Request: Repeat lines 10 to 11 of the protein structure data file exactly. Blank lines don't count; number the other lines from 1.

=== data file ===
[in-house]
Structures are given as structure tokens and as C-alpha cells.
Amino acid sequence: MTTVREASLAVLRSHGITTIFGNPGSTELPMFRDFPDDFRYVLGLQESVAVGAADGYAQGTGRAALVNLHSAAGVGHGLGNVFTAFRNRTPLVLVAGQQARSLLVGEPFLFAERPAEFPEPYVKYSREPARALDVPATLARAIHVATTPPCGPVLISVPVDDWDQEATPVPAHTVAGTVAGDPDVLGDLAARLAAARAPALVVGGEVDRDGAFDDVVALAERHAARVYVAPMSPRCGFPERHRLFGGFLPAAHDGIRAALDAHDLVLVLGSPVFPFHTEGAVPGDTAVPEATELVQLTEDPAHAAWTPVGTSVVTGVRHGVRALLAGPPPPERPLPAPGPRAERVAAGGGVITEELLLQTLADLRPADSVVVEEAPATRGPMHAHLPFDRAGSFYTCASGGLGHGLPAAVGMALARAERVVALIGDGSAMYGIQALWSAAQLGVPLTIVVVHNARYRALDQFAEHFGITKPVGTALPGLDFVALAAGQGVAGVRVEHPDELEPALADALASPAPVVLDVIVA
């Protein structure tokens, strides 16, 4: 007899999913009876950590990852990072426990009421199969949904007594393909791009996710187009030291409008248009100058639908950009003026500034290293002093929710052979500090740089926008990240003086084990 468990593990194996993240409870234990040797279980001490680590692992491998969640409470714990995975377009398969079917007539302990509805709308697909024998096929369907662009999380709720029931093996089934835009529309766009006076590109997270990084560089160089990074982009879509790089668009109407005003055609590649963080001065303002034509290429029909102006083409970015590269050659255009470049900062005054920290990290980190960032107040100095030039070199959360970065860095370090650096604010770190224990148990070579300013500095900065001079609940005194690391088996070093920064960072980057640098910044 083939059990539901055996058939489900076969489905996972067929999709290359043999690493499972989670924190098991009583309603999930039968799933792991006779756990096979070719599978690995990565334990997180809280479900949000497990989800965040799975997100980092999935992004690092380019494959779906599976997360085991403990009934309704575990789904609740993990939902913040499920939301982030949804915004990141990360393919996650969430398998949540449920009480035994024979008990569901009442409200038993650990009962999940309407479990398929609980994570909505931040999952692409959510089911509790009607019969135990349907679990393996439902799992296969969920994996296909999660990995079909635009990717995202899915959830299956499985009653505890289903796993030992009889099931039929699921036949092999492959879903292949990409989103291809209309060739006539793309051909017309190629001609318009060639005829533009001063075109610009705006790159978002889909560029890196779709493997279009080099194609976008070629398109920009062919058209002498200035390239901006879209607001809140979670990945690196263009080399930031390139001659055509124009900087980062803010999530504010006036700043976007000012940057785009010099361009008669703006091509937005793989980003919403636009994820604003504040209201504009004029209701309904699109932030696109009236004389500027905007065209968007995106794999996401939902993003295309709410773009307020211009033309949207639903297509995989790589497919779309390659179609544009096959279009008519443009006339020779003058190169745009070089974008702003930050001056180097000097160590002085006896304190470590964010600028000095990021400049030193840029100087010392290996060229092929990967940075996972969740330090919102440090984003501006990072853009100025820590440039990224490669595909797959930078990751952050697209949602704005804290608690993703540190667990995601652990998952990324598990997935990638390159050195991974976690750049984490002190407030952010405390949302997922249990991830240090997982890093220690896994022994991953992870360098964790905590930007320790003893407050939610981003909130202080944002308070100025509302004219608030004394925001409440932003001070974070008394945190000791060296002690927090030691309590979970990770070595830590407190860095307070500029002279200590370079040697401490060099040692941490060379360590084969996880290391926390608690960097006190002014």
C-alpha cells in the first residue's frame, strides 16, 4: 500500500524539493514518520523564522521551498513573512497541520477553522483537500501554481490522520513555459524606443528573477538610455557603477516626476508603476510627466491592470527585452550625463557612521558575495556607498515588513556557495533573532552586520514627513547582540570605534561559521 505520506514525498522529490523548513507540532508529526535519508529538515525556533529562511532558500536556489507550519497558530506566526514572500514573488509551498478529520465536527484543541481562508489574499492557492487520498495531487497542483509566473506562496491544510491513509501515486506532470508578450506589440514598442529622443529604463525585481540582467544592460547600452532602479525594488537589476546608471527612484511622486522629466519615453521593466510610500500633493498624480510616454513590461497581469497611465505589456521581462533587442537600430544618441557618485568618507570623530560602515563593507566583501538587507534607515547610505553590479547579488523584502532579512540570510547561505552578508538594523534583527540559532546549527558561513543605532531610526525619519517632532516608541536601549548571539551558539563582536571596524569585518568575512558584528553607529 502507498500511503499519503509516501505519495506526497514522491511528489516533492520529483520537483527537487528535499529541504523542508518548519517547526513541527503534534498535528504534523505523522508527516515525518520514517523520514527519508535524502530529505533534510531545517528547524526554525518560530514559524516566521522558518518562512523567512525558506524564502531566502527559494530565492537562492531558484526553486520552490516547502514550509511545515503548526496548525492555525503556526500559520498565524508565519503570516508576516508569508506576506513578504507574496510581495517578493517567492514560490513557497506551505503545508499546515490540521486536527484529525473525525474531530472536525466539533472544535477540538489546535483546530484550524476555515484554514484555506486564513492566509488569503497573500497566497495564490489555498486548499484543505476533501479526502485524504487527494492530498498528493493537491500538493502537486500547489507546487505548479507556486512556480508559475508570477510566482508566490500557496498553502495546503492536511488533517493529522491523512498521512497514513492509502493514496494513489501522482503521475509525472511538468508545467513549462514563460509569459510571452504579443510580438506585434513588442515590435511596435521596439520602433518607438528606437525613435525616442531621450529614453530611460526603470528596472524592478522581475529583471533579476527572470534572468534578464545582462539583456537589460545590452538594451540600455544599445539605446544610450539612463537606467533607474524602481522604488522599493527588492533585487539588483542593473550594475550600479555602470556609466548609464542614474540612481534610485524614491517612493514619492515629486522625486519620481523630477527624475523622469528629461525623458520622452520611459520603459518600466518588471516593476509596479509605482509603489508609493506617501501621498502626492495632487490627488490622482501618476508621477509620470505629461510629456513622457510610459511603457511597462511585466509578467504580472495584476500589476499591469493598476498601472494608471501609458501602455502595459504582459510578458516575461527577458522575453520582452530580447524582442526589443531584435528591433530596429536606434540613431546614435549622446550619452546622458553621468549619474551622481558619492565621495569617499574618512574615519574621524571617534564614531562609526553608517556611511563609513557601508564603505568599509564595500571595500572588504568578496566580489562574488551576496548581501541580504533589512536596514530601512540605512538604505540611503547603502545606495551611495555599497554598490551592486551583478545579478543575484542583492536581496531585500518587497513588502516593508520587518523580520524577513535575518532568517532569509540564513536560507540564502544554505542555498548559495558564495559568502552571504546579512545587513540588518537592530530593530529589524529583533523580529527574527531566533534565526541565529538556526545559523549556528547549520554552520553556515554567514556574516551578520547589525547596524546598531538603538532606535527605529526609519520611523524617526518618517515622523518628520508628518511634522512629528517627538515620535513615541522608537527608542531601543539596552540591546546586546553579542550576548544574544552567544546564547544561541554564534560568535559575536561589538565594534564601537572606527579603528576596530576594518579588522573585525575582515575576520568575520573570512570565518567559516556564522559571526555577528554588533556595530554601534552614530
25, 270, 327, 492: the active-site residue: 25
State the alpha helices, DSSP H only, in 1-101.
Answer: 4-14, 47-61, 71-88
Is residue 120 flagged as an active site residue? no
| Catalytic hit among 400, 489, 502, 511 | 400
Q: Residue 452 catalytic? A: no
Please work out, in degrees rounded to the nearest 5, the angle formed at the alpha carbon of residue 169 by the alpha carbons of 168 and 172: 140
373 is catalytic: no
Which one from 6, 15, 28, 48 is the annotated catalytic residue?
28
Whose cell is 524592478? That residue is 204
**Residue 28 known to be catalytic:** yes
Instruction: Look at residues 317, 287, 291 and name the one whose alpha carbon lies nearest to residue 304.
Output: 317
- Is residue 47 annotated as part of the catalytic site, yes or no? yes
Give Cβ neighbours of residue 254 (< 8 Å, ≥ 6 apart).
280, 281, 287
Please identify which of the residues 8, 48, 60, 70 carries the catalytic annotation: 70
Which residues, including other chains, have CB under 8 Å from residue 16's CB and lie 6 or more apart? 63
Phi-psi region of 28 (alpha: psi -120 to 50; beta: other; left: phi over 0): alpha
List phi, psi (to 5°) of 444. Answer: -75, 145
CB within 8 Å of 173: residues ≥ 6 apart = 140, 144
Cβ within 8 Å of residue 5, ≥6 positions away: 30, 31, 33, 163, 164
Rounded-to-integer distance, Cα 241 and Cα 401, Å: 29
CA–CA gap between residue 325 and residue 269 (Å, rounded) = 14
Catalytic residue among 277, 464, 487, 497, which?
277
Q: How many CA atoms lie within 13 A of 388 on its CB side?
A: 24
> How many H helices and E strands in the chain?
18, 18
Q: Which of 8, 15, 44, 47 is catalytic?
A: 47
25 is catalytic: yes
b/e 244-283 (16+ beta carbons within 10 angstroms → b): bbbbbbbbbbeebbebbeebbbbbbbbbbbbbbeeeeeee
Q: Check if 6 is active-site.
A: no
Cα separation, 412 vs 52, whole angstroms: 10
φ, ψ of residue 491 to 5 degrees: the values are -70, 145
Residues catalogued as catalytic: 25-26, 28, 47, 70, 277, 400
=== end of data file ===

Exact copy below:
| Catalytic hit among 400, 489, 502, 511 | 400
Q: Residue 452 catalytic? A: no